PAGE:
The purpose of this paper is to better understand the possible reasons behind gender pay disparities, focussing on the unique features of male and female human capital and their wage returns. Despite increasing convergence of male and female human capital attainments, substantial differences remain. Extraction of human capital components non-overlapping across genders provides more profound explanation of the unexplained wage gap of men and women.
Starting with the non-parametric matching-based decomposition technique, the authors extend the pay gap estimation framework and focus on males and females having no counterpart in a set of characteristics within the opposite gender. The authors identify gender-unique human capital in terms of differences in distribution of individual characteristics across men and women and gender-specific combination of human capital characteristics. Wage returns to gender-specific profiles are evaluated applying wage regression on both full distribution of earnings and wage quantiles. The research relies on the Survey of Adult Skills (PIAAC) database for Estonia, which incorporates both formal education and cognitive skill records.
The study identifies sets of characteristics and competencies exclusive for both genders, proving that male and female profiles cannot be directly compared. The results suggest that men possess high individual and combined abilities in numeracy and problem solving in technology-rich environment, not always reached by females. This potentiates men’s higher earnings in spite of their generally lower formal educational attainments. Wage gap analysis over the full distribution of earnings shows even larger “glass ceiling” effect for females, possessing woman-specific human capital.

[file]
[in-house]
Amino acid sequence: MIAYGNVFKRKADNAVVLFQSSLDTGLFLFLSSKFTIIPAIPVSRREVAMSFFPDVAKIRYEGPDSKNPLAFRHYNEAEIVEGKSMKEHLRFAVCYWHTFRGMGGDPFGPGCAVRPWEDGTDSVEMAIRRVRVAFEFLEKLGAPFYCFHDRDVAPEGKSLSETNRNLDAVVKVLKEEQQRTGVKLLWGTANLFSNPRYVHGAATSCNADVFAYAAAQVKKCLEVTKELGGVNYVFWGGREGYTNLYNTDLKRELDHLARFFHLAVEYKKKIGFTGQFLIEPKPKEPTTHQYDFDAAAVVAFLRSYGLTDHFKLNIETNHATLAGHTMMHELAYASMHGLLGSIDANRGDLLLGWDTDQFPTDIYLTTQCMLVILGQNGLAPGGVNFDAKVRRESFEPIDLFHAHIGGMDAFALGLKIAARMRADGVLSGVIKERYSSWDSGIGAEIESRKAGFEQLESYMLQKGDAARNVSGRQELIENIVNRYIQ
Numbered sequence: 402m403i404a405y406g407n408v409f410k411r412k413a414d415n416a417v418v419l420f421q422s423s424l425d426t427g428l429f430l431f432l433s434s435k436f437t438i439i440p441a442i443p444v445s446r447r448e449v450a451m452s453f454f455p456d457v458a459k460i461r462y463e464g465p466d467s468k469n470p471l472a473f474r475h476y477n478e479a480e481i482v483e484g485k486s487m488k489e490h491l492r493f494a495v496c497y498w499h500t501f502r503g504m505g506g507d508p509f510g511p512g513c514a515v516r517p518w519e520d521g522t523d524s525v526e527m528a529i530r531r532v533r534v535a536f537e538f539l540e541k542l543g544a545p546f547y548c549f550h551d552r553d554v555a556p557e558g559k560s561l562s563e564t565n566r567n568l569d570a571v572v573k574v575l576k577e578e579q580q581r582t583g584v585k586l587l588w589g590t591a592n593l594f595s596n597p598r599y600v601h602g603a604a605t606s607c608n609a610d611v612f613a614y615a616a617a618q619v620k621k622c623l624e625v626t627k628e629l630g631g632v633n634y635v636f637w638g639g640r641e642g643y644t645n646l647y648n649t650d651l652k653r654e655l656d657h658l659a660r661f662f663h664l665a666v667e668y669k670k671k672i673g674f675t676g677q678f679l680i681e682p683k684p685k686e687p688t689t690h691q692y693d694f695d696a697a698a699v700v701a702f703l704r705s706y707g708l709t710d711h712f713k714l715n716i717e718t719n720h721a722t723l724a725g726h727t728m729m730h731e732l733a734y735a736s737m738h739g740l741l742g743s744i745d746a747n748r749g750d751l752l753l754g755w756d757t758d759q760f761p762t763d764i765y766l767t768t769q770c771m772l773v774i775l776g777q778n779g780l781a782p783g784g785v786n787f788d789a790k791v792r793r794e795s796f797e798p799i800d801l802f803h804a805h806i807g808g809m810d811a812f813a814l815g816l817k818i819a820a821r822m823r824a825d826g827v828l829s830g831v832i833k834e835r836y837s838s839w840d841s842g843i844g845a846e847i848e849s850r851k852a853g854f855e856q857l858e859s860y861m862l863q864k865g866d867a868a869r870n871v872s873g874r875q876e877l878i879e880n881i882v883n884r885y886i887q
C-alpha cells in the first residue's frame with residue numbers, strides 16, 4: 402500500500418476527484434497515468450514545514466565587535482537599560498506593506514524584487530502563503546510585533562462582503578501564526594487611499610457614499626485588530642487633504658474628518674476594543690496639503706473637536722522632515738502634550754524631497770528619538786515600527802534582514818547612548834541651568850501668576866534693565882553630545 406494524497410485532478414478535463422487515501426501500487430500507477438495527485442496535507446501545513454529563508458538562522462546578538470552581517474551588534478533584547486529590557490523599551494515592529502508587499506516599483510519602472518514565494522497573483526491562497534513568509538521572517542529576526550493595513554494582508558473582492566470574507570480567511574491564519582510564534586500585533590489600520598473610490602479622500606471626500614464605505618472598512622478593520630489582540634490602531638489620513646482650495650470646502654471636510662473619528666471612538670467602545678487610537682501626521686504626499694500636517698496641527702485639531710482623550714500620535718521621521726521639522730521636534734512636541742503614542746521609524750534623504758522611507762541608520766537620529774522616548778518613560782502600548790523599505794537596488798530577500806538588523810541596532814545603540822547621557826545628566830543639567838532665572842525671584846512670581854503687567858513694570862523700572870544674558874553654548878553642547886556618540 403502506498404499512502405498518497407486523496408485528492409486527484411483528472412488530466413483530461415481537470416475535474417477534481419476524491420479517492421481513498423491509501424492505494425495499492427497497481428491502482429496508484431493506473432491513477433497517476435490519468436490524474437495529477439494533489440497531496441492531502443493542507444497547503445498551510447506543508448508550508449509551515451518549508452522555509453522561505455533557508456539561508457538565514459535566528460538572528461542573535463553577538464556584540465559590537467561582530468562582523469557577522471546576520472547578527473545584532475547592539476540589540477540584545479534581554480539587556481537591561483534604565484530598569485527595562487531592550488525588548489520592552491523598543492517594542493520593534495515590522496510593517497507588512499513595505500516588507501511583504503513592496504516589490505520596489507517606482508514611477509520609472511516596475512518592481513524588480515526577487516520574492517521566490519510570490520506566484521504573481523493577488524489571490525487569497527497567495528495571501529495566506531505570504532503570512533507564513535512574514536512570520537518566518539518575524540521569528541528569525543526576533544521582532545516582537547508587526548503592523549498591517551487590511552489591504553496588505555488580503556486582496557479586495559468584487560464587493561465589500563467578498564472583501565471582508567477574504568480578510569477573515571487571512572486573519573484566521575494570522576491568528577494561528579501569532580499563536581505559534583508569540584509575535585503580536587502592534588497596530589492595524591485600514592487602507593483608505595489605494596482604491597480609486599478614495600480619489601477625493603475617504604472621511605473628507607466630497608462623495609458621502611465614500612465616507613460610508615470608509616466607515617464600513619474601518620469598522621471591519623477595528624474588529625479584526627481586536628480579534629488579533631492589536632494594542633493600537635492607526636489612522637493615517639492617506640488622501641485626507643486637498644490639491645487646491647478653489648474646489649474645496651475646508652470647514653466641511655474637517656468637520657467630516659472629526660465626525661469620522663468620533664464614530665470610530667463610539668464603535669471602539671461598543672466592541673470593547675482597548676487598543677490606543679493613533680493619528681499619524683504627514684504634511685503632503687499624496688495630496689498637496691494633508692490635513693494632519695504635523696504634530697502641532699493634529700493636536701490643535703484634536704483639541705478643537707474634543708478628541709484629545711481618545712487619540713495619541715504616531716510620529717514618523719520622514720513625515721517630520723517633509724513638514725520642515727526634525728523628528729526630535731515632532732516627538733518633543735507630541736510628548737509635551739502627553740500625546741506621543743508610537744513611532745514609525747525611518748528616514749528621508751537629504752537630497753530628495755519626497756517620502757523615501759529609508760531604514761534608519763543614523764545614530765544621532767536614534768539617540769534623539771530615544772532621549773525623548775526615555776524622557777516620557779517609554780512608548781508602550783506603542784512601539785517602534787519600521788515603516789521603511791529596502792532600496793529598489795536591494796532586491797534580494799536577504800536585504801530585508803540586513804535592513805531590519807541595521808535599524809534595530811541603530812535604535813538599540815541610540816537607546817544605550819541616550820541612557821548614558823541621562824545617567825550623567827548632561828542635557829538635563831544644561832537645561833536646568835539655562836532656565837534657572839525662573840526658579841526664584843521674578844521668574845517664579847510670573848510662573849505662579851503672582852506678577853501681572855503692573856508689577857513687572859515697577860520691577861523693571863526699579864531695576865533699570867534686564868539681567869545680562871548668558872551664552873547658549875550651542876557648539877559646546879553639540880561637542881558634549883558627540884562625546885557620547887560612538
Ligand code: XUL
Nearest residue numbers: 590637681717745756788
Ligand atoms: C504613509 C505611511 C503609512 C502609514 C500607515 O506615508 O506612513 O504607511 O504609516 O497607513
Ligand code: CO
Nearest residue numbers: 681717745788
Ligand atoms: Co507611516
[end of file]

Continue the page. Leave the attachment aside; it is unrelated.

The authors raise a research from a novel perspective towards a role of human capital in gender wage inequality. Instead of usual reference to observable gaps in male and female characteristics, the authors identify the gender-specific human capital profiles, to a large extent non-reached by the opposite gender. Analysed associations between gender-specific characteristics and earnings provide an insight to possible effects of gender-unique human capital on a male-female wage disparity.
The support from the following projects is gratefully acknowledged: the ISCH COST ACTION IS1164 project “The EU in the new complex geography systems: models, tools and policy evaluation”; EU 7th Framework Programme project “Strategic Transitions for Youth Labour in Europe” (STYLE); the Estonian IUT20-49 project “Structural change as the factor of productivity growth in the case of catching up economies”. The authors thank Vivika Halapuu and Jaan Masso for their comments on the earlier version of the paper. The authors are also thankful for the comments received from two anonymous reviewers, as well as valuable feedback from the authors’ colleagues and project partners during several seminars and discussions.
Tverdostup, M. and Paas, T. (2017), "Gender-specific human capital: identification and quantifying its wage effects", International Journal of Manpower, Vol. 38 No. 6, pp. 854-874. https://doi.org/10.1108/IJM-05-2016-0111
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